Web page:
What ultimately holds Harlock and Thomas back from achieving greatness is their distracting use of photo animation. Though the filmmakers earn points for originality, their slick assemblage of fragmented images ends up trivializing and simplifying Hicks’ backstory rather than enhancing it. There’s a zombified quality to these unrelated photos once they’re wedged together in order to create meaning. Hicks himself probably would’ve found the approach too cute for his own biography. For much of the first act, the filmmakers’ style overshadows the substance in their subjects’ interviews, but once focus is placed on the actual footage of Hicks, the film springs to life. Some of the most memorable insights come from Hicks’ high school buddy and comedy partner Dwight Slade, Hicks’ photographer David Johndrow, fellow comic James Ladmirault and longtime friend Kevin Booth (credited as his “instigator”).
American: The Bill Hicks Story was released on Blu-Ray and DVD on June 7, 2011.
Photo credit: BBC America
“American: The Bill Hicks Story’ is presented in 1080p High Definition (with a 1.77:1 aspect ratio), and is a must-own not just for comedy lovers, but for anyone interested in one of the seminal voices of our time. The two-disc set includes over five hours of special features, three of which are devoted to additional interviews, which are expertly edited into subject-specific vignettes. Hicks’ brother Terry recalls how their family had moved several times during their childhood, which may have contributed to Bill’s ease in adapting to unfamiliar surroundings. He also mentions how moved he was to see so many people come to pay their respects at Bill’s funeral, and recites the comforting line he found in his brother’s handwritten will: “I left in love, in laughter and in truth, and wherever truth, love and laughter abide, I am there in spirit.” There’s an equally touching moment when a wistful Slade reenacts one of the characters he and Hicks created in high school. He remembers Hicks’ devastation after they weren’t accepted into the high school talent show, on the basis of their triumphant yet all-too-edgy audition. These interviews prove that more face time for the subjects may have resulted in a more effective movie, since their faces do speak volumes.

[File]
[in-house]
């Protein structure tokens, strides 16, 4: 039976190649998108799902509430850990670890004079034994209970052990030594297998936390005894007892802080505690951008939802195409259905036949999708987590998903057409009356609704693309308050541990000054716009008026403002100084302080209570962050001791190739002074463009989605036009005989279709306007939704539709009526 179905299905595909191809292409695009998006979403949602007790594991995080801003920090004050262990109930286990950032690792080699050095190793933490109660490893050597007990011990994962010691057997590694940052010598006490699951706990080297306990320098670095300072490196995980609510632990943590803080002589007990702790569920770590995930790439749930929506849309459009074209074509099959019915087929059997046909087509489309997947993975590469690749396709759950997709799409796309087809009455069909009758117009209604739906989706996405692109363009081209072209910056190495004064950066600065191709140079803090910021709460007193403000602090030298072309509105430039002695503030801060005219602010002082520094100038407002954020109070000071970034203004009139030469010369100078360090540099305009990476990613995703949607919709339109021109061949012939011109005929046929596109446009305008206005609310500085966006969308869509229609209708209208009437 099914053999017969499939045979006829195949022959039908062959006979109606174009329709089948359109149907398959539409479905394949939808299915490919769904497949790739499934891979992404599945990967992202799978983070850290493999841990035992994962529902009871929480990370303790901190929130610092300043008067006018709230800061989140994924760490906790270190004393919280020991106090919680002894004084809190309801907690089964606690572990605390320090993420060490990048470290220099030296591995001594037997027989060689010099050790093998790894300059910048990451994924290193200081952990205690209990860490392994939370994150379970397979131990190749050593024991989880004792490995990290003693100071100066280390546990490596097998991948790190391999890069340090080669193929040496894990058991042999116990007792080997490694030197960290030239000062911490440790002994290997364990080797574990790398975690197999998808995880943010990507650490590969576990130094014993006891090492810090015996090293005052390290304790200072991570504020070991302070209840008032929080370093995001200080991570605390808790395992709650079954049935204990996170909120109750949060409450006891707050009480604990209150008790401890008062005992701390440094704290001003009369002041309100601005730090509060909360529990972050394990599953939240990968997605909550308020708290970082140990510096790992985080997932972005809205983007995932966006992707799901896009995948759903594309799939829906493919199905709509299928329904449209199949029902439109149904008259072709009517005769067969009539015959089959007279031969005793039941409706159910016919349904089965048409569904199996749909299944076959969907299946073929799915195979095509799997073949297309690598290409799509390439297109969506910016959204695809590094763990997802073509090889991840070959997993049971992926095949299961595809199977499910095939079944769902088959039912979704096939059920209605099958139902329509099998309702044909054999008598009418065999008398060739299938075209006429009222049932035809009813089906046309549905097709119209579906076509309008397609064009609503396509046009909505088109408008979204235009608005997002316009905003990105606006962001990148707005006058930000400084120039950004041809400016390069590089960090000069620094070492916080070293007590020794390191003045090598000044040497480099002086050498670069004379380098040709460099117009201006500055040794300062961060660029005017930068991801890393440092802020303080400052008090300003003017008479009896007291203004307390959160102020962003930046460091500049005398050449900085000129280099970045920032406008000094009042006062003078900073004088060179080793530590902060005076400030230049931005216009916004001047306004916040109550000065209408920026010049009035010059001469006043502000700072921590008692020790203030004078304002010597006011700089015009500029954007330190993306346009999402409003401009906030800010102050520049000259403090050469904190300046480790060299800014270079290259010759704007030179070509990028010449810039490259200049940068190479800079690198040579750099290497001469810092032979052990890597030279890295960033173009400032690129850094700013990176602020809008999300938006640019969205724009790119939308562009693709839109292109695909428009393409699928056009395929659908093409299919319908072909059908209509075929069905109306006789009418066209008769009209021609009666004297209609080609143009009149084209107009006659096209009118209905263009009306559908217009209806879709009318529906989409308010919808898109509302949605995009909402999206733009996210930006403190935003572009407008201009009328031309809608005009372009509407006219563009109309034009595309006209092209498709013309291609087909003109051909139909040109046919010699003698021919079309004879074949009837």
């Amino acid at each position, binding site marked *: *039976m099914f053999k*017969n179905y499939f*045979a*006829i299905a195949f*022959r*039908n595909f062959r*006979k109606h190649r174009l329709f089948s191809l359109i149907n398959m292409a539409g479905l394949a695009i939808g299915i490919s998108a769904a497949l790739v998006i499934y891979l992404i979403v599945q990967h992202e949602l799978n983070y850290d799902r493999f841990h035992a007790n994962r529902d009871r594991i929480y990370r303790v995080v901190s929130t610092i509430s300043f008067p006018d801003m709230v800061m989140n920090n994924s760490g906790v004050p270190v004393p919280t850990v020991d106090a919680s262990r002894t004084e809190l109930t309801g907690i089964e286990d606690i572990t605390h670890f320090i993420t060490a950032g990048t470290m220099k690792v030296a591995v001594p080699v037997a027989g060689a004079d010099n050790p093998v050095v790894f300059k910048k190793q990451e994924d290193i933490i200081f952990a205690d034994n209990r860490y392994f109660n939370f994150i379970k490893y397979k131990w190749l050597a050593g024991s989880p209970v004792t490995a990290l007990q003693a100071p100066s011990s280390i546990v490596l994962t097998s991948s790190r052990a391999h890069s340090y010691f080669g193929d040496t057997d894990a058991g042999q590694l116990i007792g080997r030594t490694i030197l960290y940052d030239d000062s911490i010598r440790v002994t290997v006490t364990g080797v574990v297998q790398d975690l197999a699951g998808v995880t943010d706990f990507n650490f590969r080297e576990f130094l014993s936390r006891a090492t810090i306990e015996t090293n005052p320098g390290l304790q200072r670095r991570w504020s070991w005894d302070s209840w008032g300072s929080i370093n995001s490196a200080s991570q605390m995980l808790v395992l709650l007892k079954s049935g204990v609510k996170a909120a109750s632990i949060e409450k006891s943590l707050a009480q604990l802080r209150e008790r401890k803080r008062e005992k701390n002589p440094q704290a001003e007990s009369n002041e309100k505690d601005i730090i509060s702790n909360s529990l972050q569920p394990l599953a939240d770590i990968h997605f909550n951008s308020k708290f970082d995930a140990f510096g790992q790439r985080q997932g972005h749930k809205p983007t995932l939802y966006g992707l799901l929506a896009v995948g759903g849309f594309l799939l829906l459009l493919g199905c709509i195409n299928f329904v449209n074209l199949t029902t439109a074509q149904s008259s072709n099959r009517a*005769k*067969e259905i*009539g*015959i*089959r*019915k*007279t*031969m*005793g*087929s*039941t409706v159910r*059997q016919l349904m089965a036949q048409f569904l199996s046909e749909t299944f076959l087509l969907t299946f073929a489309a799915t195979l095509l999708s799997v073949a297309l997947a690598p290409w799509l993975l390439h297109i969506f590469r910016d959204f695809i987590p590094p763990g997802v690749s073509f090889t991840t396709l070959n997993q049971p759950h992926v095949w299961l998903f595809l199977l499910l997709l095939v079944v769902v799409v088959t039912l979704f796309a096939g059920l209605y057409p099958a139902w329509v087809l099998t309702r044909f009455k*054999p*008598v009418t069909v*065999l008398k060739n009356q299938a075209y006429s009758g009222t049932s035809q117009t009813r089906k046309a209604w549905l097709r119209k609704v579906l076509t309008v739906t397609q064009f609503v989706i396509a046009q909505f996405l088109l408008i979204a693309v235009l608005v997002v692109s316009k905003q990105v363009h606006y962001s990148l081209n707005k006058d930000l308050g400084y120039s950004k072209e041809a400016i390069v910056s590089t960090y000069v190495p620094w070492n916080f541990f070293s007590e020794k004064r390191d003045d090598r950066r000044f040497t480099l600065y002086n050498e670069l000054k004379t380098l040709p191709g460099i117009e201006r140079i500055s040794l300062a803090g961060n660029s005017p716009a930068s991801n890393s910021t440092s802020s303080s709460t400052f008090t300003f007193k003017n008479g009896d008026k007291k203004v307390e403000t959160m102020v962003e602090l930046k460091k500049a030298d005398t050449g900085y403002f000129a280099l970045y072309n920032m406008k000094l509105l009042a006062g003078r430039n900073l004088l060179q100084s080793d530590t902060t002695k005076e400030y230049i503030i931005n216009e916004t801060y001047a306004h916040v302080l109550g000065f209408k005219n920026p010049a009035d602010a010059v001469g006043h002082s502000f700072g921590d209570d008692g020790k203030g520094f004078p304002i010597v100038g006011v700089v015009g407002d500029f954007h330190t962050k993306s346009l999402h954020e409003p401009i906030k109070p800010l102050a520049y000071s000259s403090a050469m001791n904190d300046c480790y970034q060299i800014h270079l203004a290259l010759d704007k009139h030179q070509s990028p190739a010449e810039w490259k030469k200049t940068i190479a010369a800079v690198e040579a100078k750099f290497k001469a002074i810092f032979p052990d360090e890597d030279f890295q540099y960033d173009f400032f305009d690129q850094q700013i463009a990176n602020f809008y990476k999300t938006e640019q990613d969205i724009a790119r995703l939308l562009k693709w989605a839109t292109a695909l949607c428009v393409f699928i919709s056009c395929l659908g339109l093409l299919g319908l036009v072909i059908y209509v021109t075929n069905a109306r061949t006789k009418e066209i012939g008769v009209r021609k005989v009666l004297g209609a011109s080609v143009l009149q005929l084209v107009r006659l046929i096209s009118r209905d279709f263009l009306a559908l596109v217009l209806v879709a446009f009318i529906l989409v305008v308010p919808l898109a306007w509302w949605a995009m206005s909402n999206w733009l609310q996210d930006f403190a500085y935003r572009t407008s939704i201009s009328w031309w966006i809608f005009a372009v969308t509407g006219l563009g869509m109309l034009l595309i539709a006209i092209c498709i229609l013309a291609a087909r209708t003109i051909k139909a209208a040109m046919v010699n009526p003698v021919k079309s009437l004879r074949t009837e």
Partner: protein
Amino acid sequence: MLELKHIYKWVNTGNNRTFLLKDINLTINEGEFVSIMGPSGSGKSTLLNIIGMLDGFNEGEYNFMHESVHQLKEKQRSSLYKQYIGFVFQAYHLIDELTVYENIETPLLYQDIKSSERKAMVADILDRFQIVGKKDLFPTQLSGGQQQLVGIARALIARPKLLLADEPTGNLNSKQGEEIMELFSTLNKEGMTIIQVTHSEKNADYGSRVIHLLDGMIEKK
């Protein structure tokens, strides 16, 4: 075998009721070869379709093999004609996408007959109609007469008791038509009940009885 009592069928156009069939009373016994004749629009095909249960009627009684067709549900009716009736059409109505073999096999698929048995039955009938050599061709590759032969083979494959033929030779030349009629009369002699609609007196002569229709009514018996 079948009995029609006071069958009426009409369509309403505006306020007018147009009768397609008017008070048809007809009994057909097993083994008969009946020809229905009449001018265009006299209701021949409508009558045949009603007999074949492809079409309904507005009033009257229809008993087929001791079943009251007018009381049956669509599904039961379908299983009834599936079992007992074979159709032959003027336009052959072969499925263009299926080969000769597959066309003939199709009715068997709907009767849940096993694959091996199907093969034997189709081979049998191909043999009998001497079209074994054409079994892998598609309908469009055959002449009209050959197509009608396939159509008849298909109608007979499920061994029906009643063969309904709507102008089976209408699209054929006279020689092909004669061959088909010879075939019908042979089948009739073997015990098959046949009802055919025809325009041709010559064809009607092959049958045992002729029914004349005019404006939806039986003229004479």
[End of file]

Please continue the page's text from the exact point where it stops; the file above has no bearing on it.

What’s lacking here are the views of the filmmakers (available only in booklet form) and extended footage of Hicks’ standup. A couple full-length shows would’ve been a real bonus, yet the second disc still offers an embarrassment of riches. Featurettes include a 10-minute SXSW panel, a trip to the Dominion theater where Hicks performed his HBO special (director Chris Bould envisioned the comic as a lone maverick cowboy), a 14-minute montage of film festival footage where Hicks’ routines receive a rapturous response from audiences, a look at the remastering of Hicks’ music at Abbey Road Studios, a brief chat with Booth about his 2007 documentary, “American Drug War: The Last White Hope,” footage from a 15th anniversary celebration in London attended by Hicks’ family, a sampling of Slade’s own standup, a behind-the-scenes look at Hicks’ posthumously released album, “Arizona Bay,” an enlightening discussion with Slade and Ladmirault about the primal power of comedy, and a visit to the family ranch in Fredericksburg, Texas. Seven deleted scenes and six early/alternate scenes include more discussion about Hicks’ high school band, STRESS, which had only “hype, humor and equipment” to bring to the stage. Two audio clips are featured from Hicks’ audio journal, as well as an entertaining interview he gave to future standup comic Nick Doody. Yet the biggest highlight of all is the spectacular collection of 18 rare clips, many of which feature additional standup footage, along with the priceless trailer for Hicks and his friends’ homemade movie, “Ninja Bachelor Party.”